While switching up your diet alone likely won't eradicate your allergy symptoms, it can be part of a multi-step treatment approach to help your season be less sniffly.

Environmental exposure treatment

One of the main ways you can keep seasonal allergies from affecting your daily life is to avoid your triggers and environmental exposures. If pollen is your seasonal allergy trigger, try to limit your activities outside when pollen count is high, or wear a mask, sunglasses, and hat to keep pollen off your body (via AAFA). Ditch any clothes worn outside when you return indoors. You will also want to wash your hair daily before going to bed, and wash your bedding once a week. And don't forget that your pet can also track allergens inside — if they've spent a lot of time outdoors on a high-pollen day, you may want to rinse them off (via WebMD). 

You will also want to keep your windows closed on higher pollen days. The American Academy of Allergy, Asthma & Immunology (AAAAI) has a pollen counter that you can use nationwide. If all else fails, get out of town for a bit. "Consider vacations near the ocean or bays," Clifford W. Bassett, MD, AAAAI vice chairman of the Public Education Committee told WebMD. "Pollen counts there are typically lower."

Treatment for indoor exposure

Your allergy triggers may find their way into your home despite your precautions. Or, in cases where your triggers are mold and dust mites, your allergen may be primarily located indoors. If this is your situation, there are some tips that can help. To reduce your exposure to dust mites, use "mite-proof" covers for your bedding, and wash it all frequently (via ACAAI). Clean with a damp rag or mop instead of a broom — this allows you to grab and dispose of allergens rather than pushing them into the air (via Sweeping Dimensions).

Mold can also be the allergy trigger that affects the inside of your home. To keep it at bay, make sure your air conditioning unit is clean and set the humidity between 30 and 50% (via ACAAI). You can go a step further and use a dehumidifier in damper places like your basement. You will also want to clean those damp places more often.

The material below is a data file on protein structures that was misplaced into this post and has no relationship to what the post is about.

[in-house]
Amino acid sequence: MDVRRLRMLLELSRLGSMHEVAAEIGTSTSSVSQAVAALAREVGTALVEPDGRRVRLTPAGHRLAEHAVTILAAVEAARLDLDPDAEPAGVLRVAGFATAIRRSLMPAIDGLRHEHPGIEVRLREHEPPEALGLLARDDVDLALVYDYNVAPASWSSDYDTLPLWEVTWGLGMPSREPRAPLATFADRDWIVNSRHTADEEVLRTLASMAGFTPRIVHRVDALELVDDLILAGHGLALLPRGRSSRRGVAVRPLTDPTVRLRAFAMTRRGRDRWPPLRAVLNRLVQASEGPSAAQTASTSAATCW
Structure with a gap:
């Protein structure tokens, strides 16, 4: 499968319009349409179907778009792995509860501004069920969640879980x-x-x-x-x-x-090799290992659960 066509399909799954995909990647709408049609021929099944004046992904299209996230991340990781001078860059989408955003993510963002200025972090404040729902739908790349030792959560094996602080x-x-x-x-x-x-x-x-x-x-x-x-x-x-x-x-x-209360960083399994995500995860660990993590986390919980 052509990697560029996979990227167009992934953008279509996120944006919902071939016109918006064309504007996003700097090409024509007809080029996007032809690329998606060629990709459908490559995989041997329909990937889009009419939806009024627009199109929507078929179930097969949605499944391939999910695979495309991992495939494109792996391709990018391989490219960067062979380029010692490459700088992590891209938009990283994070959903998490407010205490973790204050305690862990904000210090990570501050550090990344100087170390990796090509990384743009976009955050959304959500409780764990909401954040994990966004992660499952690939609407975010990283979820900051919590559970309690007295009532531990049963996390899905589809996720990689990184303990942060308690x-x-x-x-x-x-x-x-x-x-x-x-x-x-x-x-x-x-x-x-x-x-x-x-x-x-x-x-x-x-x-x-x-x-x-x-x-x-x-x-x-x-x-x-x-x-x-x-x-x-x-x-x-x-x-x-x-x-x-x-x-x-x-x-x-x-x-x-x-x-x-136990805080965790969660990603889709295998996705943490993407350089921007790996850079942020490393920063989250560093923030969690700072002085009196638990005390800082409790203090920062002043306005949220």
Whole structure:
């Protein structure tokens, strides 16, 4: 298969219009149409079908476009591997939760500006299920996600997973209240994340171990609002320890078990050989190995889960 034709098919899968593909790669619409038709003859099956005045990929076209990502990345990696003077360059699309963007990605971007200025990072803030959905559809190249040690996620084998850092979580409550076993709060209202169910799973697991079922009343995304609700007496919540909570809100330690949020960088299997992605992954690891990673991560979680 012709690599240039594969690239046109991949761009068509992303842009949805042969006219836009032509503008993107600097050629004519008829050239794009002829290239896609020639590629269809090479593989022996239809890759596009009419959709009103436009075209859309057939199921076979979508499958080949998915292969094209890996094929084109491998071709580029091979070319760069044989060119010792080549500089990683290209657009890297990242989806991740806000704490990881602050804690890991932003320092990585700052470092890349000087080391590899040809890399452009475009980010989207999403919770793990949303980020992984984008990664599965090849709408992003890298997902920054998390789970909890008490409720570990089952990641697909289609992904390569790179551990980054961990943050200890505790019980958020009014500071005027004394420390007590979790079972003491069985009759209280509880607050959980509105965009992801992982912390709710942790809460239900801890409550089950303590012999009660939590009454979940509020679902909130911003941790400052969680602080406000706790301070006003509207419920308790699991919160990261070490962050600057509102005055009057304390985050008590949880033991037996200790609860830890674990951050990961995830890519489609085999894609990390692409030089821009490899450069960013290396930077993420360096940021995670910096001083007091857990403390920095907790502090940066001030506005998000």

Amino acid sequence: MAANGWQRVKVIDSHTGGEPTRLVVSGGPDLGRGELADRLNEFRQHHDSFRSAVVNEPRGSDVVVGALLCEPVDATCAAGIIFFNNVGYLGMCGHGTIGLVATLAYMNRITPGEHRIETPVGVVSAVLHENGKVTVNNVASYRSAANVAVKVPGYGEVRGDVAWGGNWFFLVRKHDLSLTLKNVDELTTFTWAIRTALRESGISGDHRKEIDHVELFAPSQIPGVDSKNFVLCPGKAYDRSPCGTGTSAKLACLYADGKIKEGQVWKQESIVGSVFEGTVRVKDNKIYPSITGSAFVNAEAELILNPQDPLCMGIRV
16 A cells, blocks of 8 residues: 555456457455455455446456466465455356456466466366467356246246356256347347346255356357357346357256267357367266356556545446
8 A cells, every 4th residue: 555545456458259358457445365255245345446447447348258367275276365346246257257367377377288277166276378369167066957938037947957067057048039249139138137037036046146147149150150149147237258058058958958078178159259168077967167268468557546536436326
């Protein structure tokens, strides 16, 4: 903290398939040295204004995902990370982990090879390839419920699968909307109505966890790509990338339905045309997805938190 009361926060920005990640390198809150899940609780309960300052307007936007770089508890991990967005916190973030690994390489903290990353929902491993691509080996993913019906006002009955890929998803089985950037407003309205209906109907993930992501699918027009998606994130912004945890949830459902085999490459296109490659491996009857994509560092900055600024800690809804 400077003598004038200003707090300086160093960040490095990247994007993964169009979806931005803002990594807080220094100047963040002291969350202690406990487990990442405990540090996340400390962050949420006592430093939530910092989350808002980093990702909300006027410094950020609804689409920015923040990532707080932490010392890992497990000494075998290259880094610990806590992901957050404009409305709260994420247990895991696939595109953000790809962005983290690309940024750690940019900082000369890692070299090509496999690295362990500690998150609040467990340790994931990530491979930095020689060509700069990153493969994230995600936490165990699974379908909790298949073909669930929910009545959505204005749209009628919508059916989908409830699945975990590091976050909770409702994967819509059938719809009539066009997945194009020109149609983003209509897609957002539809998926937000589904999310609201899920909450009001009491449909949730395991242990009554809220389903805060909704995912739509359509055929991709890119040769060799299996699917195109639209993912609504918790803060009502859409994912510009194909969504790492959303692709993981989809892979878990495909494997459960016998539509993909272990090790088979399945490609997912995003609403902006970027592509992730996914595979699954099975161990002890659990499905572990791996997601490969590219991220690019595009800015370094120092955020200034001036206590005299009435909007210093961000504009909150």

To help keep pollen where it belongs — outside — your can outfit your air conditioning unit with high-efficiency particulate air filters to better trap pollen (via WebMD). Changing out those filters often is also key.

Other non-medical treatment options

There are other non-medical treatment options to help you get through allergy season. You may have heard of using a neti pot to alleviate congestion symptoms (via The National Center for Complementary Integrative Health). This tactic of rinsing your sinuses has mixed reviews, but many swear by it and similar treatments like nebulizers. There is some risk of infection with the neti pot, so you will want to be sure to follow the U.S. Food and Drug Administration's tips on using one safely.

The best preparation may be to start taking allergy medicine before allergy season even begins. Even though it may seem unnecessary, this allows your allergy medicine time to work with your body, preventing it from releasing histamine that cause unpleasant symptoms (via AAFA).

Some people may even consider more extreme measures, such as relocating. But before you go packing your bags to get allergy relief, experts say that moving is a drastic step that may not even help. While foliage that carries mold or pollen can vary from place to place, you may just expose yourself to new allergy triggers (via American Academy of Allergy Asthma and Immunology). If you insist on a change of scenery, be sure to visit for an extended period of time to see if your symptoms actually go away.

When to see your doctor about allergies

Whether you are in denial about your seasonal allergies or one of those people that likes to "tough it out," there may come a point in time when you finally decide to see a doctor for treatment. "I think the problem is that some people have a couple of weeks when they are miserable, and then the rest of the year they are fine, so they think they'll just grin and bear it," pediatric allergist Dr. Stephanie Leeds told Yale Medicine. "But there is a better way. You can take steps to minimize those weeks of misery."

Some tell-tale signs that you need an allergist are if you suffer from symptoms for several months, experience chronic sinus infections or congestion, have asthma flare-ups or are short of breath frequently, and your day-to-day life is greatly affected (via American College of Allergy, Asthma, and Immunology).